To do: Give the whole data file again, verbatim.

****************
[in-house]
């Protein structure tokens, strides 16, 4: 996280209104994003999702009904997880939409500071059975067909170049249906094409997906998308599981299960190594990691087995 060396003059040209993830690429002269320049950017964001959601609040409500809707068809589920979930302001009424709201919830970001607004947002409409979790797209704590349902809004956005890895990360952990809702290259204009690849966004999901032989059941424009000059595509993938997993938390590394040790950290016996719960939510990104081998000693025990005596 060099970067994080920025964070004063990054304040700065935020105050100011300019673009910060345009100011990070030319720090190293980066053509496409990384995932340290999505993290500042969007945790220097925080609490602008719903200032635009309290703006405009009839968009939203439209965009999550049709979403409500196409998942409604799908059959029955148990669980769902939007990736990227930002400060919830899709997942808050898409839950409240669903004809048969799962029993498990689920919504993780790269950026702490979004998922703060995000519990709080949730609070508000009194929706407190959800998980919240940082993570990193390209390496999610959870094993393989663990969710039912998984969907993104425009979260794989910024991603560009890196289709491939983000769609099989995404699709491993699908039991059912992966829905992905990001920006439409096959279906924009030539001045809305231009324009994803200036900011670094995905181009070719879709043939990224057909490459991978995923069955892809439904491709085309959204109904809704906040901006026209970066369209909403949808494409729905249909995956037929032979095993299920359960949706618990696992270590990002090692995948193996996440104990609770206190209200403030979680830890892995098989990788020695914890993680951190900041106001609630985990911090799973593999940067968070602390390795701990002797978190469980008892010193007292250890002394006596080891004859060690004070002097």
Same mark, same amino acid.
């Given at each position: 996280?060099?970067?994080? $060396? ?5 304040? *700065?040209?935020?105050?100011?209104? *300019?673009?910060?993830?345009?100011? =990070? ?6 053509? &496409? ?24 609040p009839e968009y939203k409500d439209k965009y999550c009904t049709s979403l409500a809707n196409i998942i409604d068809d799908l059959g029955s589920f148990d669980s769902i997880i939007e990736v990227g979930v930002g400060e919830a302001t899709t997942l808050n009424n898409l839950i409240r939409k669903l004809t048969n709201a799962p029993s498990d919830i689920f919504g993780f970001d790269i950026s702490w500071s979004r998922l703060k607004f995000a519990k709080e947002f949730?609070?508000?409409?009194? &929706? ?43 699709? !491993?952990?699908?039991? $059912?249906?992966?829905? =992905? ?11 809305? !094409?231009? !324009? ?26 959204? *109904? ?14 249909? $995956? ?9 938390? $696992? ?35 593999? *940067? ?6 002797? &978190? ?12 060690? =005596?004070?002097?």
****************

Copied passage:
[in-house]
């Protein structure tokens, strides 16, 4: 996280209104994003999702009904997880939409500071059975067909170049249906094409997906998308599981299960190594990691087995 060396003059040209993830690429002269320049950017964001959601609040409500809707068809589920979930302001009424709201919830970001607004947002409409979790797209704590349902809004956005890895990360952990809702290259204009690849966004999901032989059941424009000059595509993938997993938390590394040790950290016996719960939510990104081998000693025990005596 060099970067994080920025964070004063990054304040700065935020105050100011300019673009910060345009100011990070030319720090190293980066053509496409990384995932340290999505993290500042969007945790220097925080609490602008719903200032635009309290703006405009009839968009939203439209965009999550049709979403409500196409998942409604799908059959029955148990669980769902939007990736990227930002400060919830899709997942808050898409839950409240669903004809048969799962029993498990689920919504993780790269950026702490979004998922703060995000519990709080949730609070508000009194929706407190959800998980919240940082993570990193390209390496999610959870094993393989663990969710039912998984969907993104425009979260794989910024991603560009890196289709491939983000769609099989995404699709491993699908039991059912992966829905992905990001920006439409096959279906924009030539001045809305231009324009994803200036900011670094995905181009070719879709043939990224057909490459991978995923069955892809439904491709085309959204109904809704906040901006026209970066369209909403949808494409729905249909995956037929032979095993299920359960949706618990696992270590990002090692995948193996996440104990609770206190209200403030979680830890892995098989990788020695914890993680951190900041106001609630985990911090799973593999940067968070602390390795701990002797978190469980008892010193007292250890002394006596080891004859060690004070002097």
Same mark, same amino acid.
């Given at each position: 996280?060099?970067?994080? $060396? ?5 304040? *700065?040209?935020?105050?100011?209104? *300019?673009?910060?993830?345009?100011? =990070? ?6 053509? &496409? ?24 609040p009839e968009y939203k409500d439209k965009y999550c009904t049709s979403l409500a809707n196409i998942i409604d068809d799908l059959g029955s589920f148990d669980s769902i997880i939007e990736v990227g979930v930002g400060e919830a302001t899709t997942l808050n009424n898409l839950i409240r939409k669903l004809t048969n709201a799962p029993s498990d919830i689920f919504g993780f970001d790269i950026s702490w500071s979004r998922l703060k607004f995000a519990k709080e947002f949730?609070?508000?409409?009194? &929706? ?43 699709? !491993?952990?699908?039991? $059912?249906?992966?829905? =992905? ?11 809305? !094409?231009? !324009? ?26 959204? *109904? ?14 249909? $995956? ?9 938390? $696992? ?35 593999? *940067? ?6 002797? &978190? ?12 060690? =005596?004070?002097?």